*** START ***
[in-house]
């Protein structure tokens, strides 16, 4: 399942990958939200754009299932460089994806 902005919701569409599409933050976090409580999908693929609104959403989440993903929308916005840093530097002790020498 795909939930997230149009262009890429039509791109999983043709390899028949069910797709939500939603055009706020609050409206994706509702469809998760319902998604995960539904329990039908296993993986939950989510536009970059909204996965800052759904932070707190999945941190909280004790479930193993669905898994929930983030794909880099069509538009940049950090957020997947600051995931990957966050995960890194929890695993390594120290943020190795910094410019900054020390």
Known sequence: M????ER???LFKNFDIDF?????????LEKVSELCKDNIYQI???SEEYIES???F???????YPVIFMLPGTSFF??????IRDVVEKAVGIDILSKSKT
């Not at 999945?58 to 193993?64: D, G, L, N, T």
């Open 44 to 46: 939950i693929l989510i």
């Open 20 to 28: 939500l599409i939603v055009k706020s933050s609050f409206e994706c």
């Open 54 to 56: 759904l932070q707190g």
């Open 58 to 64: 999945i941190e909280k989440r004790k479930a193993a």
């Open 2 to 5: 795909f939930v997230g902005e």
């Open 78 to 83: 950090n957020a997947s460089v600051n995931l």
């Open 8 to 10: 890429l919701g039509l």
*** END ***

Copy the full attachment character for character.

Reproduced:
[in-house]
């Protein structure tokens, strides 16, 4: 399942990958939200754009299932460089994806 902005919701569409599409933050976090409580999908693929609104959403989440993903929308916005840093530097002790020498 795909939930997230149009262009890429039509791109999983043709390899028949069910797709939500939603055009706020609050409206994706509702469809998760319902998604995960539904329990039908296993993986939950989510536009970059909204996965800052759904932070707190999945941190909280004790479930193993669905898994929930983030794909880099069509538009940049950090957020997947600051995931990957966050995960890194929890695993390594120290943020190795910094410019900054020390």
Known sequence: M????ER???LFKNFDIDF?????????LEKVSELCKDNIYQI???SEEYIES???F???????YPVIFMLPGTSFF??????IRDVVEKAVGIDILSKSKT
């Not at 999945?58 to 193993?64: D, G, L, N, T």
């Open 44 to 46: 939950i693929l989510i």
């Open 20 to 28: 939500l599409i939603v055009k706020s933050s609050f409206e994706c």
């Open 54 to 56: 759904l932070q707190g």
């Open 58 to 64: 999945i941190e909280k989440r004790k479930a193993a």
């Open 2 to 5: 795909f939930v997230g902005e």
């Open 78 to 83: 950090n957020a997947s460089v600051n995931l």
């Open 8 to 10: 890429l919701g039509l």